In my continuing series of things you already know, unless you don’t, today I learned of an alternative to printing strings in the shell, sans newline.
I was reading the FreeBSD
sh(1) manpage, like a gentleman:
echo [-e | -n] [string ...] Print a space-separated list of the arguments to the standard output and append a newline character. -n Suppress the output of the trailing newline.
$ echo saywhat ==> saywhat ==> $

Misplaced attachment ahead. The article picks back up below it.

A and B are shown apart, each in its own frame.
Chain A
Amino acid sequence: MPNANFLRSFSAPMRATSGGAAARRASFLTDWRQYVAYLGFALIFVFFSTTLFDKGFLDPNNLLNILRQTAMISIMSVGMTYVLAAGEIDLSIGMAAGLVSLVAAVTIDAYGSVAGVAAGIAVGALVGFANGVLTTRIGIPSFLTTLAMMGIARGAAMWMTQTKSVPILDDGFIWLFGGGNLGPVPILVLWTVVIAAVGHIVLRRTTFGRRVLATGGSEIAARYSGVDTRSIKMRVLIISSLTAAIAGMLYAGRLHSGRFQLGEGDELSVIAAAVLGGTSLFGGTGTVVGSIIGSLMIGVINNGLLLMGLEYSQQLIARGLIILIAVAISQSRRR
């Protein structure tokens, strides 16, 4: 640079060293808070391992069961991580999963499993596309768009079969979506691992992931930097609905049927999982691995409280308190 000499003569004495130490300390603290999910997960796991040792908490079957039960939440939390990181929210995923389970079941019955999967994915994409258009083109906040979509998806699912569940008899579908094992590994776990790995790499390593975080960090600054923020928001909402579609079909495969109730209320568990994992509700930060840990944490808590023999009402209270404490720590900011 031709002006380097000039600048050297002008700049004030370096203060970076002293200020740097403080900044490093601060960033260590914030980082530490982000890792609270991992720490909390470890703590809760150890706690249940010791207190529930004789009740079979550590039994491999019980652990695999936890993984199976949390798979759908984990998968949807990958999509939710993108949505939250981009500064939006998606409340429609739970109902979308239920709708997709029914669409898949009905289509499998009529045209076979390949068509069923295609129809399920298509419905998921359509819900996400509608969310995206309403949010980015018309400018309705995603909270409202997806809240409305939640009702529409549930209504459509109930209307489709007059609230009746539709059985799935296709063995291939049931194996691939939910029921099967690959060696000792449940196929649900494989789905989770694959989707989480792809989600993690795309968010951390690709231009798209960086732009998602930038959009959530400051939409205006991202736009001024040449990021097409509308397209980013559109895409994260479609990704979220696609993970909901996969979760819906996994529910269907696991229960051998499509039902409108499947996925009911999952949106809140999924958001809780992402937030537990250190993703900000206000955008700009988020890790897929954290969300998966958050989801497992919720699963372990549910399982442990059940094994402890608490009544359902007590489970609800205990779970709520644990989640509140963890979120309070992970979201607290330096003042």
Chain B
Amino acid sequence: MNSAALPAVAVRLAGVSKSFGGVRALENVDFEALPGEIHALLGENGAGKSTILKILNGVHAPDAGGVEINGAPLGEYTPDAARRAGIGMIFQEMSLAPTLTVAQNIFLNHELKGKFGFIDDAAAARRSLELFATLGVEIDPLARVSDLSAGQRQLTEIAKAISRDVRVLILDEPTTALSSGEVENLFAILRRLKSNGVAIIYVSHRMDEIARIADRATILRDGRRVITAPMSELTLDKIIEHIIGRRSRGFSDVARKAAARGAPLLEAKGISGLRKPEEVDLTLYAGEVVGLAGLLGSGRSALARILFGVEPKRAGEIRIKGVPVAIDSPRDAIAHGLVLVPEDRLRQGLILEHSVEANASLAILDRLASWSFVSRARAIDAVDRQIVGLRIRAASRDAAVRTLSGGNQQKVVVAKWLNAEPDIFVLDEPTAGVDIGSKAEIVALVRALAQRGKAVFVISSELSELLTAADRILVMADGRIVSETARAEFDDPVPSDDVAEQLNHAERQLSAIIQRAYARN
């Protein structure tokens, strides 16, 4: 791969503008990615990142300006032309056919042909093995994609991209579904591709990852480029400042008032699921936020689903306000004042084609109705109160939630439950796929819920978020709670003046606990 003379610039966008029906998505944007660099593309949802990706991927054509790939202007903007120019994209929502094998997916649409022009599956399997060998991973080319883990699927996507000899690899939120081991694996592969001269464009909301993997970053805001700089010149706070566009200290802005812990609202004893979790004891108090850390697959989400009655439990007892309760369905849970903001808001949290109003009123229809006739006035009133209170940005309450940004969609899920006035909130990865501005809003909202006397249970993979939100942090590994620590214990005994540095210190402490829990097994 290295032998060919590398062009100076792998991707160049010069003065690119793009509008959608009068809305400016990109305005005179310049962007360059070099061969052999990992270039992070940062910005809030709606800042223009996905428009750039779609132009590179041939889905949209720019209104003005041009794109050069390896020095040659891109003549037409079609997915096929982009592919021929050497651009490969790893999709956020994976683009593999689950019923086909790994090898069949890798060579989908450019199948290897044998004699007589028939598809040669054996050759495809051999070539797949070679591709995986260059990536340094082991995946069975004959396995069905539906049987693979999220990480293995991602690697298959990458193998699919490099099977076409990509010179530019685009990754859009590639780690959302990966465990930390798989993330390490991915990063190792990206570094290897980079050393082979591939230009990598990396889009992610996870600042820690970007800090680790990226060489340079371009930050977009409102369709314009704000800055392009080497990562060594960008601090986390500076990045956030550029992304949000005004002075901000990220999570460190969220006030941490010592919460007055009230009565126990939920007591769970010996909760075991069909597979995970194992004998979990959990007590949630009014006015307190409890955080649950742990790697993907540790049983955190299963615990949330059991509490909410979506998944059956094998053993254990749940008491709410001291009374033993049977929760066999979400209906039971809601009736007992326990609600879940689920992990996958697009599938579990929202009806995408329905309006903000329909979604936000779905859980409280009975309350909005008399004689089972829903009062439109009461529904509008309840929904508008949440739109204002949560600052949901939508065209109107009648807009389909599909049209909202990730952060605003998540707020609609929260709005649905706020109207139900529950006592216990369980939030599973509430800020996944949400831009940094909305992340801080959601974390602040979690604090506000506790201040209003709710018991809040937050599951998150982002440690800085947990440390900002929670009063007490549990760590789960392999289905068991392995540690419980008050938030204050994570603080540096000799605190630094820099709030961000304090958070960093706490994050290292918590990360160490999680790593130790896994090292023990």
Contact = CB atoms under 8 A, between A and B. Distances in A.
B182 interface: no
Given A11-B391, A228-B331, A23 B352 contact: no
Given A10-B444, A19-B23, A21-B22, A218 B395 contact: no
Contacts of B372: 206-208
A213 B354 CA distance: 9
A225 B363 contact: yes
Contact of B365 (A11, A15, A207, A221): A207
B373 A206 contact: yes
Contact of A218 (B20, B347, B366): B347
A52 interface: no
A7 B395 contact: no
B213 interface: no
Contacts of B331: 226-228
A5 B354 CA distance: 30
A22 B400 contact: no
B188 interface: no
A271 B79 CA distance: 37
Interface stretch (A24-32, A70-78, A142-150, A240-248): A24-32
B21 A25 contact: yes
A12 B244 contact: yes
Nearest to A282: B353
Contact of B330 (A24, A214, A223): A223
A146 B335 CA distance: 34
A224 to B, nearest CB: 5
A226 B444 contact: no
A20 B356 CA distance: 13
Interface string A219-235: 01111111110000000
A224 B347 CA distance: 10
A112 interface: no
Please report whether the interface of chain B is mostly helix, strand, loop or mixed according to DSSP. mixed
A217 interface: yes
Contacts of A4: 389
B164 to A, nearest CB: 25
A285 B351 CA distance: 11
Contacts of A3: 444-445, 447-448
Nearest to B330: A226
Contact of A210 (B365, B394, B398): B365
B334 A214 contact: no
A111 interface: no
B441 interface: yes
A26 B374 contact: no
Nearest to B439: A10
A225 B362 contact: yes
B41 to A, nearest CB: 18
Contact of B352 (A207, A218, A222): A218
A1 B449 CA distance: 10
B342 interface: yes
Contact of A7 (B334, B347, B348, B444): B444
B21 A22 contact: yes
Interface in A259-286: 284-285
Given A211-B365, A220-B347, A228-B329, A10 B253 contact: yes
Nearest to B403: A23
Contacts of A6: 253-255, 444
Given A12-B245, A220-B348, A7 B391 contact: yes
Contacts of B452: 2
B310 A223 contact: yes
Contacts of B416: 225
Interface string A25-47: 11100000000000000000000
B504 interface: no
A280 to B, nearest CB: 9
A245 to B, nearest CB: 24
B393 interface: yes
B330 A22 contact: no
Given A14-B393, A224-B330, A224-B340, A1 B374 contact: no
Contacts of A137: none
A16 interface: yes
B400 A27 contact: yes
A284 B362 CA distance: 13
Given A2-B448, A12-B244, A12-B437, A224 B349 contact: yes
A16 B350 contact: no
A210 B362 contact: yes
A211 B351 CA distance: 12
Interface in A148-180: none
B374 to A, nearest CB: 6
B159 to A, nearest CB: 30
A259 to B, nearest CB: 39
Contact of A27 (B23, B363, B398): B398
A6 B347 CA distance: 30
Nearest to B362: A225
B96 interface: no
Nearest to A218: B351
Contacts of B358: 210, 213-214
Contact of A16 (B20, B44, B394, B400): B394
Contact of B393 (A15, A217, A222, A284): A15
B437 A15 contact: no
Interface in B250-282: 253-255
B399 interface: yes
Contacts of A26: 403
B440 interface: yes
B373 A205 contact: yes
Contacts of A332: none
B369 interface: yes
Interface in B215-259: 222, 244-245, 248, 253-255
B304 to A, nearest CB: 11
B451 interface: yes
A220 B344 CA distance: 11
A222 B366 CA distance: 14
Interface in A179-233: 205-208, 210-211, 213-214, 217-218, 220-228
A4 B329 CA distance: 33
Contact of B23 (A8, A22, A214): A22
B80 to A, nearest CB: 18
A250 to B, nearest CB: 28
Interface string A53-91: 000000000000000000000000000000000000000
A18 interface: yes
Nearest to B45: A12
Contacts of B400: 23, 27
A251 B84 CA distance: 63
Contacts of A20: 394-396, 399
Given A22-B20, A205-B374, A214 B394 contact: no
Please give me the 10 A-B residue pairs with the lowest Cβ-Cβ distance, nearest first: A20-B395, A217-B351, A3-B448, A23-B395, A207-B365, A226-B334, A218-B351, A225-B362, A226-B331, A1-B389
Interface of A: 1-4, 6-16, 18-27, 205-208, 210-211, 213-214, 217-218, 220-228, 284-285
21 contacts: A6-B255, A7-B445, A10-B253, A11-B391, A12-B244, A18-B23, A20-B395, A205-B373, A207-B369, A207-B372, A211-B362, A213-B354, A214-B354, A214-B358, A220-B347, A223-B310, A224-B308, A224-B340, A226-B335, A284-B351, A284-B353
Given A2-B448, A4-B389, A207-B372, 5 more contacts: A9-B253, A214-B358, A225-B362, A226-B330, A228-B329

$ echo -n saywhat ==> saywhat$
This whole time I’d been doing this to avoid a newline:
$ printf '%s' saywhat
Good ol’ Kenneth Almquist, and the FreeBSD maintainers :).
But does this also apply to csh, the shell and scripting language allegedly considered harmful, and therefore you should write in? Under
echo_style in the
bsd Don't echo a newline if the first argument is `-n`; the default for csh.